Macau's growing Cotai Strip. Re-growth in Macau could be the key to finding the best stocks to invest in casinos. Photo: Sands China

The casino industry has experienced many wins and losses in the past couple of years. It still offers huge opportunities, along with many risky bets to watch out for. Here's a look at the state of the industry, along with some of the best casino stocks. 

The gaming industry in 2015
The gaming industry looked strong through the first quarter of 2014, with Asian hot spot Macau particularly helping to set profit records for companies such as Las Vegas Sands (NYSE:LVS) and Wynn Resorts (NASDAQ:WYNN). However, trouble started as Chinese President Xi Jinping sought to crack down on corruption, including thwarting illicit activity by "VIP" players who were gambling in Macau (a special administrative region of China). Companies with the biggest bets on Macau have subsequently experienced major hardships.

Meanwhile, Las Vegas is showing signs of recovery, and its largest company by number of properties and total revenue gain, MGM Resorts International (NYSE:MGM), has been increasingly growing on the improved market conditions. Gaming revenue continues to decline, but that is being offset by rapid growth in other areas such as hotel revenue, convention space use, and entertainment.

Here are a few other interesting changes anticipated this year or in 2016 in the casino world:

  • Japanese lawmakers are seeking to legalize gaming resorts on the island nation, which could become the second-largest gaming hub in the world. This bill is expected to be voted on by August.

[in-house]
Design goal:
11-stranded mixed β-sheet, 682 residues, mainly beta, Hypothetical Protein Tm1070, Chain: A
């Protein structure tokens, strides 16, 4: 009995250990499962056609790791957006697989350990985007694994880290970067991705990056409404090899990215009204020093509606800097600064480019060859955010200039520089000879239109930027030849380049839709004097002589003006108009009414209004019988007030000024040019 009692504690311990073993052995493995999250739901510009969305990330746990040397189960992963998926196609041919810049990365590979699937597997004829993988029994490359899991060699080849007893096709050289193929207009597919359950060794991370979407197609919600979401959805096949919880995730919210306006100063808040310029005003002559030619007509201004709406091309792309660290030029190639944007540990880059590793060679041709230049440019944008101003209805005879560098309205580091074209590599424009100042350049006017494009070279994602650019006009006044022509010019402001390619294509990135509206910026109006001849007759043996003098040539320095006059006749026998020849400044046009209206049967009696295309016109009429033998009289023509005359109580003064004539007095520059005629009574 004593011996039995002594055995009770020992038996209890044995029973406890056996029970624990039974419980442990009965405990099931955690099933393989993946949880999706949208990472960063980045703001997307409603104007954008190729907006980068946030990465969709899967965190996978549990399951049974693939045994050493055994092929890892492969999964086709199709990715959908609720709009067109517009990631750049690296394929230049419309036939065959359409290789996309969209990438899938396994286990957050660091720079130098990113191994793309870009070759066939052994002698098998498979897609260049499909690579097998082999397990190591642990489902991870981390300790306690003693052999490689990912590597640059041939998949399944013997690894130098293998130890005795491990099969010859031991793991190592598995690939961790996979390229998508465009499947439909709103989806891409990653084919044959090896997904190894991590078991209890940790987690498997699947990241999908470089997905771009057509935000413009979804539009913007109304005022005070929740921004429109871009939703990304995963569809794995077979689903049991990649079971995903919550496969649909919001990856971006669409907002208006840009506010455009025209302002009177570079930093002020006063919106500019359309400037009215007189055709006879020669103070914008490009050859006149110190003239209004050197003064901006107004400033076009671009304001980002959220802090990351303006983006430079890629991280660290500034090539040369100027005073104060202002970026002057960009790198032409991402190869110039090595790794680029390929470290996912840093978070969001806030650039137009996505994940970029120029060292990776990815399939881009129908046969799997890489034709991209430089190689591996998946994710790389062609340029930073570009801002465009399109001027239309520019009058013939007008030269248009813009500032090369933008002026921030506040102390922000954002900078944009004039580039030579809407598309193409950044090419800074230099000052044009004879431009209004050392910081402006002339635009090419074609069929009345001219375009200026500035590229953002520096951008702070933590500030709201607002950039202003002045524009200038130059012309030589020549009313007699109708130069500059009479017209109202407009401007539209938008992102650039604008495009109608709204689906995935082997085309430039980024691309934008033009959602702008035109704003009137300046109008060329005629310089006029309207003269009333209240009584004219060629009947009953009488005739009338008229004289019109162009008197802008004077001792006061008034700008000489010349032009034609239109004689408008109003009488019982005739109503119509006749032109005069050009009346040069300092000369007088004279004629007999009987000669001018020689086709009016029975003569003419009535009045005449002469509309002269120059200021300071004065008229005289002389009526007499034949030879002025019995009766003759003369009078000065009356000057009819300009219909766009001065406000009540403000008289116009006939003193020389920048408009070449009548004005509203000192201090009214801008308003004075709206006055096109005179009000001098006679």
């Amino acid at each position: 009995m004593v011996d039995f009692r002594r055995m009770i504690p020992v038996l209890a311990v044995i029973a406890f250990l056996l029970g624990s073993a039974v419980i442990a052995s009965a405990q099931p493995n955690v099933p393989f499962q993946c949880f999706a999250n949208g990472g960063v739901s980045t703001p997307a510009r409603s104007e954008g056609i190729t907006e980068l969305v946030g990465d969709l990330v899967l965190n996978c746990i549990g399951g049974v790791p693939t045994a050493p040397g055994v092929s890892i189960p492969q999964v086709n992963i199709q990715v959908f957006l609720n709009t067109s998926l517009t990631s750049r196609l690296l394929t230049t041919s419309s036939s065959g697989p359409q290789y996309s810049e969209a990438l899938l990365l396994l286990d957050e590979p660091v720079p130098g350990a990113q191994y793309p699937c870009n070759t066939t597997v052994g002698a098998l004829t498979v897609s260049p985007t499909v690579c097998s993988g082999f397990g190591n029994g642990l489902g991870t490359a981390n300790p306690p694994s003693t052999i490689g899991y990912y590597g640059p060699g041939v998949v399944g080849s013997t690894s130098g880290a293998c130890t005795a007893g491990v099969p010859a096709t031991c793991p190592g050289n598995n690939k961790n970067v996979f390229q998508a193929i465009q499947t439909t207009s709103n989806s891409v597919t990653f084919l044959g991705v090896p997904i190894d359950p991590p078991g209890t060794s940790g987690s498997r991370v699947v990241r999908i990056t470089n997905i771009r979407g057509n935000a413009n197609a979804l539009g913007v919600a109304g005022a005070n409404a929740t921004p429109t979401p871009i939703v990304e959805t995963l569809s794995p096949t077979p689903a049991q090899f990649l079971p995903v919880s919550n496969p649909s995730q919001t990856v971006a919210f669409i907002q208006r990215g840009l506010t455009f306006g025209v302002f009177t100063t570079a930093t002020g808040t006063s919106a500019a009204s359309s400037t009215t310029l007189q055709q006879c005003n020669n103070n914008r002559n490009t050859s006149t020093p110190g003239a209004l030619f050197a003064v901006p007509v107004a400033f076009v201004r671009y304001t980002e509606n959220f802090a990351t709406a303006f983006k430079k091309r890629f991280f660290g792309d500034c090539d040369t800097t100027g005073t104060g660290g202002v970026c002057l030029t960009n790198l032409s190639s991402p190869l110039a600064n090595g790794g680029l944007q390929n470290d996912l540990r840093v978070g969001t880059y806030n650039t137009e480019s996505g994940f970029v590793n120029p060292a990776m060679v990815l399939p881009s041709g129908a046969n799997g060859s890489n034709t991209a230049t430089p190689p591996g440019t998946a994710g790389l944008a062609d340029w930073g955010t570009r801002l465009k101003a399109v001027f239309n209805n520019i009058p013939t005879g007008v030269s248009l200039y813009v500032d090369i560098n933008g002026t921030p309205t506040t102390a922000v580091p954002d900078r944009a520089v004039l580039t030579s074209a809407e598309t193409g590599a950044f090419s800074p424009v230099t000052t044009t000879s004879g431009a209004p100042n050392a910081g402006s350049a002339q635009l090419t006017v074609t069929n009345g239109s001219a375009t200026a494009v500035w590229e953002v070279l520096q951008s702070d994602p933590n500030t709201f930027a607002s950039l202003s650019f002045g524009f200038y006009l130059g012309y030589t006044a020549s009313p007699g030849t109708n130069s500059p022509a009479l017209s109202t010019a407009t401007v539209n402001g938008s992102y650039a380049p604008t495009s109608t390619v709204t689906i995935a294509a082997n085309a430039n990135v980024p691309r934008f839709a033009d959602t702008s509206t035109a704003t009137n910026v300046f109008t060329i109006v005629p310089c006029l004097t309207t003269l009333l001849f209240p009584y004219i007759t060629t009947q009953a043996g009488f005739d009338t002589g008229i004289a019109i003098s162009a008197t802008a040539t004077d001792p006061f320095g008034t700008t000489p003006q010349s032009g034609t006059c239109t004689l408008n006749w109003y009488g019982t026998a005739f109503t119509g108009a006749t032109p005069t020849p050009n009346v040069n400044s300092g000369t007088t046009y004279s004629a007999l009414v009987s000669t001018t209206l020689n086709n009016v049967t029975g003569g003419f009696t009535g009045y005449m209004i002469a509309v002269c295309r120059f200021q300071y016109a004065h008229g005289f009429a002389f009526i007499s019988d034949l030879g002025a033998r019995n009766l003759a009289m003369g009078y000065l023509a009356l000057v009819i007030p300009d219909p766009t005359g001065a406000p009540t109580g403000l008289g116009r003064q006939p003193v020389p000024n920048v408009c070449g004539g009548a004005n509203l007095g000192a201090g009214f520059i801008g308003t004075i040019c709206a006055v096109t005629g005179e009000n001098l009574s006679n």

• Gaming growth in other parts of Asia, such as the Philippines and Vietnam, could help alleviate the downward pressure from Macau.
  • Macau itself looks to be nearing a turnaround in which "mass market" gaming revenue growth will make up for the loss in VIP gamers (with help from increased entertainment and nongaming diversification). Four new megaresorts are scheduled to open in Macau in 2016.
  • Convention and entertainment revenue continues to grow in Vegas, which might possibly become home to a new National Hockey League team. NHL governance is expected to vote on the expansion in the coming months. 

Let's dig in on the bad, the ugly, and the good.

The bad

  • Wynn Resorts

Wynn has taken a massive hit to earnings in the last year due to its reliance on Macau, particularly the VIP market there. More than two-thirds of Wynn's global revenue was from Macau in April 2014. One previous bright spot for the Wynn investing thesis was the company's industry-high dividend. Unfortunately, management cut that payout as revenue declined in Macau.

Wynn's shares are worth less than half of what they were in April 2014. Wynn also doesn't look to have much compelling diversification or future growth drivers unless Macau returns to its glory days. Even if Macau does turn around, other companies such as Las Vegas Sands seem set to win the majority of this market. 

  • Melco Crown

Melco Crown (NASDAQ:MLCO) has looked like a great bet for investors in the past few years, as its Hong Kong heritage and management helped make the company extremely successful in Macau (both areas are special administrative regions of China in which Cantonese is the given language, and they are linked by a short ferry ride, with a bridge crossing coming soon). However, the company's only real bet has been its one casino in Macau, which means Melco Crown cannot escape Macau's drop.